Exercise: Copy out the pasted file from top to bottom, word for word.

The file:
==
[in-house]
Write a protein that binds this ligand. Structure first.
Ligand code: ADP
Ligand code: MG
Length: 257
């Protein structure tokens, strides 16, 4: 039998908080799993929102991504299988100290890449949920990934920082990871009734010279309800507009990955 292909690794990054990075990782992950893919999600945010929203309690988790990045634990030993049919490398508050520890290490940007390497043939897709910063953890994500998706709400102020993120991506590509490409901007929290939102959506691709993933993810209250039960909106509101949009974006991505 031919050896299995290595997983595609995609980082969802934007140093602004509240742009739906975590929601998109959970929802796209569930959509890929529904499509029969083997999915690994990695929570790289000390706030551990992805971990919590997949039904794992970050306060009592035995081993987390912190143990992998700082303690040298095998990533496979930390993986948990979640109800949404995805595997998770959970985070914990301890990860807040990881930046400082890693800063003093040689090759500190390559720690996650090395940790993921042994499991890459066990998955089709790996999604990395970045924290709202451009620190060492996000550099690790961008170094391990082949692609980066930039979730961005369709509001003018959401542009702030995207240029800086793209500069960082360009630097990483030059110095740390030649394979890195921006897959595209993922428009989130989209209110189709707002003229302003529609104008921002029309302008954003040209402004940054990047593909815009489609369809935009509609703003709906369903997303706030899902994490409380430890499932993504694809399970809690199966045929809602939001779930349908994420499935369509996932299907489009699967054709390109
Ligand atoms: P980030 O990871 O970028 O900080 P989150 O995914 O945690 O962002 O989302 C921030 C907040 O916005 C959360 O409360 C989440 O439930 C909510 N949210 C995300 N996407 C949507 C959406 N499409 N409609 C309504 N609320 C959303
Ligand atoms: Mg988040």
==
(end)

[in-house]
Write a protein that binds this ligand. Structure first.
Ligand code: ADP
Ligand code: MG
Length: 257
């Protein structure tokens, strides 16, 4: 039998908080799993929102991504299988100290890449949920990934920082990871009734010279309800507009990955 292909690794990054990075990782992950893919999600945010929203309690988790990045634990030993049919490398508050520890290490940007390497043939897709910063953890994500998706709400102020993120991506590509490409901007929290939102959506691709993933993810209250039960909106509101949009974006991505 031919050896299995290595997983595609995609980082969802934007140093602004509240742009739906975590929601998109959970929802796209569930959509890929529904499509029969083997999915690994990695929570790289000390706030551990992805971990919590997949039904794992970050306060009592035995081993987390912190143990992998700082303690040298095998990533496979930390993986948990979640109800949404995805595997998770959970985070914990301890990860807040990881930046400082890693800063003093040689090759500190390559720690996650090395940790993921042994499991890459066990998955089709790996999604990395970045924290709202451009620190060492996000550099690790961008170094391990082949692609980066930039979730961005369709509001003018959401542009702030995207240029800086793209500069960082360009630097990483030059110095740390030649394979890195921006897959595209993922428009989130989209209110189709707002003229302003529609104008921002029309302008954003040209402004940054990047593909815009489609369809935009509609703003709906369903997303706030899902994490409380430890499932993504694809399970809690199966045929809602939001779930349908994420499935369509996932299907489009699967054709390109
Ligand atoms: P980030 O990871 O970028 O900080 P989150 O995914 O945690 O962002 O989302 C921030 C907040 O916005 C959360 O409360 C989440 O439930 C909510 N949210 C995300 N996407 C949507 C959406 N499409 N409609 C309504 N609320 C959303
Ligand atoms: Mg988040």